Joaquin Murrieta was one of these guys. There were wanted posters, but no one really differentiated him from the other guys. I’m pretty sure he was random Mexican Joaquin they said to get. Or just a Joaquin they caught.
They made a big reward for catching Joaquin. The very next thing you know, the Texas Ranger shows up with his head in a jar of whiskey and the hand of his buddy in another jar of whiskey. The infamous (for a short time, out of a lot of infamous dudes) dude was dead! Did I mention the judge was friends with the Texas Ranger?
Did I mention a white man could kill who he wanted? That no Black, Native, nor Mexican could testify against him in court? And though these Mexican American gangstas weren't revolutionary, the Americans were definitely an occupying force and they enforced their new power and law (calling it law misleads as it seems as if it were just; remember the law allowed you to hunt human beings who's only crime was living someplace someone white wanted).
The story of Joaquin has a lot to do with a self hating half breed. Not me. A reporter. A half white, half Cherokee named John Rollin Ridge or Yellow Bird who was meant to be the boy done good lawyer for the Cherokee Nation (you know the Cherokees, the one everyone thinks their grandmother was and thus makes them more native than I am). Instead, he was involved in vengeance murders in the Cherokee Civil War. He fled west like many people and landed in the biggest city in California in the Genocide Rush, a city teeming with gringos of every stripe and sellouts of many creeds: San Francisco.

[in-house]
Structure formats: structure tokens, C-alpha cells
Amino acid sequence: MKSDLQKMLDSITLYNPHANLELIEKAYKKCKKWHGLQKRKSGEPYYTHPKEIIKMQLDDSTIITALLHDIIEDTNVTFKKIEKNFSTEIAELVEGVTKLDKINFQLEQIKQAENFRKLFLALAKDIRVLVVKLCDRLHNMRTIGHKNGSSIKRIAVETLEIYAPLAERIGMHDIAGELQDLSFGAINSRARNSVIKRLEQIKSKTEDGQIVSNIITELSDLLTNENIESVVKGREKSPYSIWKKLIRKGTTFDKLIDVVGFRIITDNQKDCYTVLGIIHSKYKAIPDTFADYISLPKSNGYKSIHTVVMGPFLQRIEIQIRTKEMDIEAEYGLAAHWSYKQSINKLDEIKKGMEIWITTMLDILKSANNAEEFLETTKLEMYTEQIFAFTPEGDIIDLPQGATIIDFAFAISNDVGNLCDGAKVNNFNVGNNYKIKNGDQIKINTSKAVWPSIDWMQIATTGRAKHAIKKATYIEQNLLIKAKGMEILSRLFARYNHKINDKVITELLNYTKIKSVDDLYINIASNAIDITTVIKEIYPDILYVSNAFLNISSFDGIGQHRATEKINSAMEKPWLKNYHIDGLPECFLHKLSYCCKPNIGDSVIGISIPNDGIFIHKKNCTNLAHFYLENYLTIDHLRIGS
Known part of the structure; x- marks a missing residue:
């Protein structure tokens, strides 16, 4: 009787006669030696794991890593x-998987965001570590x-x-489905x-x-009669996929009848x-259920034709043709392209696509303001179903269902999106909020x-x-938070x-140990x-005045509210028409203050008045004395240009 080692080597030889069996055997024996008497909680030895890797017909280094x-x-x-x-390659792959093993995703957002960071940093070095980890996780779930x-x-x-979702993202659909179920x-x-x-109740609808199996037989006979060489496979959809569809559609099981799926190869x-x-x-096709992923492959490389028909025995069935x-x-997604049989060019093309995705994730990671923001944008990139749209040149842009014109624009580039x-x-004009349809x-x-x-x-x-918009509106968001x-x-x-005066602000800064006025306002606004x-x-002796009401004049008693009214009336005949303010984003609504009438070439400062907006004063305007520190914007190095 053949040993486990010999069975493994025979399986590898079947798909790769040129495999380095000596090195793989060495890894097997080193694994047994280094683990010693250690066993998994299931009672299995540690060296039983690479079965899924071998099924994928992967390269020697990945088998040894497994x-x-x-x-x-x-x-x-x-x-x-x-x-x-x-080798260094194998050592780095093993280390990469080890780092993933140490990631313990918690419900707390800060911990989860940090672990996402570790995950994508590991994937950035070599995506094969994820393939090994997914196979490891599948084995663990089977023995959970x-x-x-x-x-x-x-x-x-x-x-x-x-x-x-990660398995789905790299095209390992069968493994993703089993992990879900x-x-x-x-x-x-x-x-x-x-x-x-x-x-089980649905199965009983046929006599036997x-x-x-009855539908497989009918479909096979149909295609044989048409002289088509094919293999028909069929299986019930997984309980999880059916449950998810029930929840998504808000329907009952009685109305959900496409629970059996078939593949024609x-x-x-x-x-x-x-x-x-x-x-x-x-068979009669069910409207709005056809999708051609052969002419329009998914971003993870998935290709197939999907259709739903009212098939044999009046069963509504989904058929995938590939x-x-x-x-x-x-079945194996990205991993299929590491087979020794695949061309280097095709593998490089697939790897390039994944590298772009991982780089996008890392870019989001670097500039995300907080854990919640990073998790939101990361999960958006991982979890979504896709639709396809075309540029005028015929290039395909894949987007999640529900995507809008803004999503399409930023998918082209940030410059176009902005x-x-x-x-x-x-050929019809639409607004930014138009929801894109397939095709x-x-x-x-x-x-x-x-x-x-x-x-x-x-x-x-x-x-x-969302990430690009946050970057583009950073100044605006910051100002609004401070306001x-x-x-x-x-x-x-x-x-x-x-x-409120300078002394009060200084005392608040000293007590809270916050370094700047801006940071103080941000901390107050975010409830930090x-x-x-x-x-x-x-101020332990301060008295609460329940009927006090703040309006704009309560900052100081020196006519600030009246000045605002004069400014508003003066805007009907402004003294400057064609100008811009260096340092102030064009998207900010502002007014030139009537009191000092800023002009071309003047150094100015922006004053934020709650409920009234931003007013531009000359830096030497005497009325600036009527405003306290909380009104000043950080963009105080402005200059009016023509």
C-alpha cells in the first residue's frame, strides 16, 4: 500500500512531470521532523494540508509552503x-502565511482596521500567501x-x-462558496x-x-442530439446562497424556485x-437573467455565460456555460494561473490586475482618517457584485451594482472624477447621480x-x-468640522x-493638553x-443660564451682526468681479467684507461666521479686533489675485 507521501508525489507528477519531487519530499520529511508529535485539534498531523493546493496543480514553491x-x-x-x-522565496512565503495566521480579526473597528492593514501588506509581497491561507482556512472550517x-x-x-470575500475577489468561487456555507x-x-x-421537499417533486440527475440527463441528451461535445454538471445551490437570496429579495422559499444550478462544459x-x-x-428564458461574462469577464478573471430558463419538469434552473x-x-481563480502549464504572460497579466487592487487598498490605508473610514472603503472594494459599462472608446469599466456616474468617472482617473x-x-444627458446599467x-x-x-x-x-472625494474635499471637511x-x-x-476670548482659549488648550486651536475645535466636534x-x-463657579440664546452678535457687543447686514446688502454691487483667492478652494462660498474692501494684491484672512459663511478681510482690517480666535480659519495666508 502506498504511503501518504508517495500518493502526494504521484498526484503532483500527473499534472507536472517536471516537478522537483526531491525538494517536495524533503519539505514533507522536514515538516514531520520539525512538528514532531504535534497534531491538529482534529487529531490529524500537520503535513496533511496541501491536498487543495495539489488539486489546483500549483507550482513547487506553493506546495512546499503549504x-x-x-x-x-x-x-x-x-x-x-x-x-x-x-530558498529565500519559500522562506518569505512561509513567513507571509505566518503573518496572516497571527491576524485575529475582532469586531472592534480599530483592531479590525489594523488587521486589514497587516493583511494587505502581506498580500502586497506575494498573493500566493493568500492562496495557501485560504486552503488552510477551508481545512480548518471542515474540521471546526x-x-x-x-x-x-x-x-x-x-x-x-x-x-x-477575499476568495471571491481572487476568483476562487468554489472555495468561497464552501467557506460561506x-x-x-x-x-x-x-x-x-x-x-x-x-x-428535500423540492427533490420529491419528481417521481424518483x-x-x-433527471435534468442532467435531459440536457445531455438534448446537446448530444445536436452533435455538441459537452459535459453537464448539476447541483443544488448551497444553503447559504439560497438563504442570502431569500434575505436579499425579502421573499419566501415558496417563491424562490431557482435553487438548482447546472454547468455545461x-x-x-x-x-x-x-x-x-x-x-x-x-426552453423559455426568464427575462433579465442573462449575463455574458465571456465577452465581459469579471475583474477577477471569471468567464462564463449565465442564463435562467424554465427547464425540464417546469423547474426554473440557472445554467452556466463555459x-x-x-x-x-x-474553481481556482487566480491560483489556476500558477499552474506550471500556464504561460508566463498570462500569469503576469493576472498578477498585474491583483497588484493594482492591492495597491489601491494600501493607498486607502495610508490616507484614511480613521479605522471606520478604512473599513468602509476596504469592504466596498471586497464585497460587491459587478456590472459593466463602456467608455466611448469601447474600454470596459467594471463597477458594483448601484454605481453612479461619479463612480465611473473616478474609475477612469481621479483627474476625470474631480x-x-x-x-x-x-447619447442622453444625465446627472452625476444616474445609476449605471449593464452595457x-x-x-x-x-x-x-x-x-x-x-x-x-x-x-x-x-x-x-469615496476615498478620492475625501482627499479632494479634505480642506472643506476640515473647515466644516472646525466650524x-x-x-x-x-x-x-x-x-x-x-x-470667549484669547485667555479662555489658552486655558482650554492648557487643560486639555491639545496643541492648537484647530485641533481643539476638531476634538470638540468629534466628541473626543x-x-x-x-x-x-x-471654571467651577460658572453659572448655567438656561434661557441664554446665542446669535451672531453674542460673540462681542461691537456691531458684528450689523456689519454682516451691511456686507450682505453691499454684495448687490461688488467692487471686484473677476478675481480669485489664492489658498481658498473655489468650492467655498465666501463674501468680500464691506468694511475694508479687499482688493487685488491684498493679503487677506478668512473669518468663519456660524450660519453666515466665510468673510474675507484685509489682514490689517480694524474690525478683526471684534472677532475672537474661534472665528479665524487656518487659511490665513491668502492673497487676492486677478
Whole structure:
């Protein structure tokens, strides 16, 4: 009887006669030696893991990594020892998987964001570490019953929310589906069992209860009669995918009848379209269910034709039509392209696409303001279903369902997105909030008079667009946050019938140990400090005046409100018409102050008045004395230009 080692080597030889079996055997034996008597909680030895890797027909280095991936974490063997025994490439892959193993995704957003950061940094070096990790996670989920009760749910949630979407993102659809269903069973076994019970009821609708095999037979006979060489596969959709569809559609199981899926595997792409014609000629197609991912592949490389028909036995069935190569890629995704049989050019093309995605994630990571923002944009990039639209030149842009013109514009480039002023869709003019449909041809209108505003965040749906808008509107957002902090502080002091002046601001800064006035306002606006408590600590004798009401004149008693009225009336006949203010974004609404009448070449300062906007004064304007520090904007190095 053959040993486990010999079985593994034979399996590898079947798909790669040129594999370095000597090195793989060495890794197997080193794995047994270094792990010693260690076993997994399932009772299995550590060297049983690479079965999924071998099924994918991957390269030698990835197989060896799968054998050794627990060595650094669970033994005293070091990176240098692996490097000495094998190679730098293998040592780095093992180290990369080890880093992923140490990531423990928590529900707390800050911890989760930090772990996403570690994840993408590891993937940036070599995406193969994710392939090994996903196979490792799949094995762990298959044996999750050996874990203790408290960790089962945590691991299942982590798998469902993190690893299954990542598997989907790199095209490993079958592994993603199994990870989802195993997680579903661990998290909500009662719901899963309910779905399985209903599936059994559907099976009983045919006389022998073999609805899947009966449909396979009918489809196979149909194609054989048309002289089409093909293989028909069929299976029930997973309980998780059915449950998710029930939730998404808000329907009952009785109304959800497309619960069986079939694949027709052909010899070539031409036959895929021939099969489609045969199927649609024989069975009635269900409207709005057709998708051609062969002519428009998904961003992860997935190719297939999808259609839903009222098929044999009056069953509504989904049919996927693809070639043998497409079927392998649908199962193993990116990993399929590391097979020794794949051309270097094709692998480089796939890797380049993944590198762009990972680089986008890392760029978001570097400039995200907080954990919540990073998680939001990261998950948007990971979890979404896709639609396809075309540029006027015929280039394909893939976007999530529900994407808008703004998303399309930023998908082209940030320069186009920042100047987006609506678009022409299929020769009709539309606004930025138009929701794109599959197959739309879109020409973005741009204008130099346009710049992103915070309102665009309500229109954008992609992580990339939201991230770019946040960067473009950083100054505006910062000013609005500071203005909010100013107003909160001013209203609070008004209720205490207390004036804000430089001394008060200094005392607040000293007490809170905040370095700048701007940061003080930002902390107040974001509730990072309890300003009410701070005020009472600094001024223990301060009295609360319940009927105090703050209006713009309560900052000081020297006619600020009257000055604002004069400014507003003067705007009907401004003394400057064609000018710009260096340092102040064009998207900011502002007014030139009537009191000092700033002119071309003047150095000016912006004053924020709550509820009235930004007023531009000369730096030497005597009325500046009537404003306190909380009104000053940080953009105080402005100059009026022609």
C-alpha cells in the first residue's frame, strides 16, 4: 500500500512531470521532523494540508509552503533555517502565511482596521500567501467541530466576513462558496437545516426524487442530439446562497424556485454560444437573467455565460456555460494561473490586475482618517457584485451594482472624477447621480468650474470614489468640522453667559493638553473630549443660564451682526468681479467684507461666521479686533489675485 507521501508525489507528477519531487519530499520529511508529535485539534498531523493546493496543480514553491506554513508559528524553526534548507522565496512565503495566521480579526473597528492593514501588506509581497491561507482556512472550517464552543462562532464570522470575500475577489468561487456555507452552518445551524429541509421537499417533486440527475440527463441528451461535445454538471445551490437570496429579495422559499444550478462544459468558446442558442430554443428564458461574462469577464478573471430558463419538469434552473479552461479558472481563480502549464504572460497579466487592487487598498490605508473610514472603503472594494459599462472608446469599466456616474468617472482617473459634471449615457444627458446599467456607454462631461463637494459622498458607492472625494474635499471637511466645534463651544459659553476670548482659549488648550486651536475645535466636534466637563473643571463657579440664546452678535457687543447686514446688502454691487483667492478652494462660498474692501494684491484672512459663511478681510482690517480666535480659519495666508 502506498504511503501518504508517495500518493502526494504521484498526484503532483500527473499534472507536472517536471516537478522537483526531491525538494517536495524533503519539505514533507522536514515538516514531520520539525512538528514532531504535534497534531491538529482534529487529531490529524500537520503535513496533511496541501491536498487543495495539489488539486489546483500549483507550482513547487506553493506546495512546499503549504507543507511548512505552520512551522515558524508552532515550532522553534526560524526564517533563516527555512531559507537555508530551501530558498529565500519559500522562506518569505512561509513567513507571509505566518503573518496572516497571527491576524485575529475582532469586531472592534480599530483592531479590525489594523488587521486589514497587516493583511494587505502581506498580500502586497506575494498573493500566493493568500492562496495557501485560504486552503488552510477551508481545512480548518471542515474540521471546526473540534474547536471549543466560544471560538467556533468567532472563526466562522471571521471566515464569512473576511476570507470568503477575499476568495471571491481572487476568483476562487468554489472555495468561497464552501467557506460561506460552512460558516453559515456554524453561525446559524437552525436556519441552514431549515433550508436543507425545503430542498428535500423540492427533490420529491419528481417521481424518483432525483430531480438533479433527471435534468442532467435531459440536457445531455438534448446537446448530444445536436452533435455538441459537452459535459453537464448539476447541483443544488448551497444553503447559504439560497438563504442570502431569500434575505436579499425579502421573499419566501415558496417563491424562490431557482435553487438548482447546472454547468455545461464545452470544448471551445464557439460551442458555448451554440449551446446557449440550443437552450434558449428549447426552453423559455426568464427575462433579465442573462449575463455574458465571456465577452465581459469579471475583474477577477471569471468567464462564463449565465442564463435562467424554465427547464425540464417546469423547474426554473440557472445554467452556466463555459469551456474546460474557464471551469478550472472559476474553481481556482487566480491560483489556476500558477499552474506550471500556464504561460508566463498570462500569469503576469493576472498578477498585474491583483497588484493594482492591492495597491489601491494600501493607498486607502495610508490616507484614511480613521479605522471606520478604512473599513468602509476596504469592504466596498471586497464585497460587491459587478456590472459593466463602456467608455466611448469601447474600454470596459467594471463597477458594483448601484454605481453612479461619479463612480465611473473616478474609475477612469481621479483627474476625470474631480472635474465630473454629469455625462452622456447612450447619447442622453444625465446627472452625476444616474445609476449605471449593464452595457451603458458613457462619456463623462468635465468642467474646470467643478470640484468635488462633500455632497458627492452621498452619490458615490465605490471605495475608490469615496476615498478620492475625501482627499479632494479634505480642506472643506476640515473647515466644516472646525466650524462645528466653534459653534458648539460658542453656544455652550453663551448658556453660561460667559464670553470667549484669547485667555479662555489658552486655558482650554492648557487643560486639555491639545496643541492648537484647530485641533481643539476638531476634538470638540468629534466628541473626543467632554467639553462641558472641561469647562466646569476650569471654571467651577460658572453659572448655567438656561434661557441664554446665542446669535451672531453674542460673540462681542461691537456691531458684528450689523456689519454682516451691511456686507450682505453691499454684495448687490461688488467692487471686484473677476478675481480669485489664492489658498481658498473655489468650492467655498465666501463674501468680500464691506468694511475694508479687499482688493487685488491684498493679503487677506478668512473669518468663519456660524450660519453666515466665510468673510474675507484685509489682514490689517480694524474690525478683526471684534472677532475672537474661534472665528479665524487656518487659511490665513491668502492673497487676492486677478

And Yellow Bird swallowed the cold in the summer San Francisco Kool-aid. He thought all these people needed a unifying story, you know a story in this "new" city plastered over a town occupied since 1776 over a land occupied for thousands of years. He thought of Robin Hood. He thought of the story of Joaquin and his death. He created Joaquin Murrieta in a book called The Life and Adventures of Joaquín Murieta: The Celebrated California Bandit .
But before that, Joaquin was a real dude and I’ll tell a bit what’s known.
He wasn’t Californio as people say, but a Sonoran. Sonorans were the first in the Gold Rush to show up, they didn't come far as Sonora is close and they knew how to mine. They became targets for angry gringos who did not know how to mine and didn’t like seeing a brown man doing well.
No one knows why Joaquin became a bandit.
His girlfriend had a look at his head in the jar as many people did (more on that later) and said it wasn’t him. Drawings of Joaquin’s wanted poster (really based off the book) make him seem native or mixed blood. Drawings of the head in the jar look like a mixed blooded Mexican, but this can be deceiving. The dude was dead.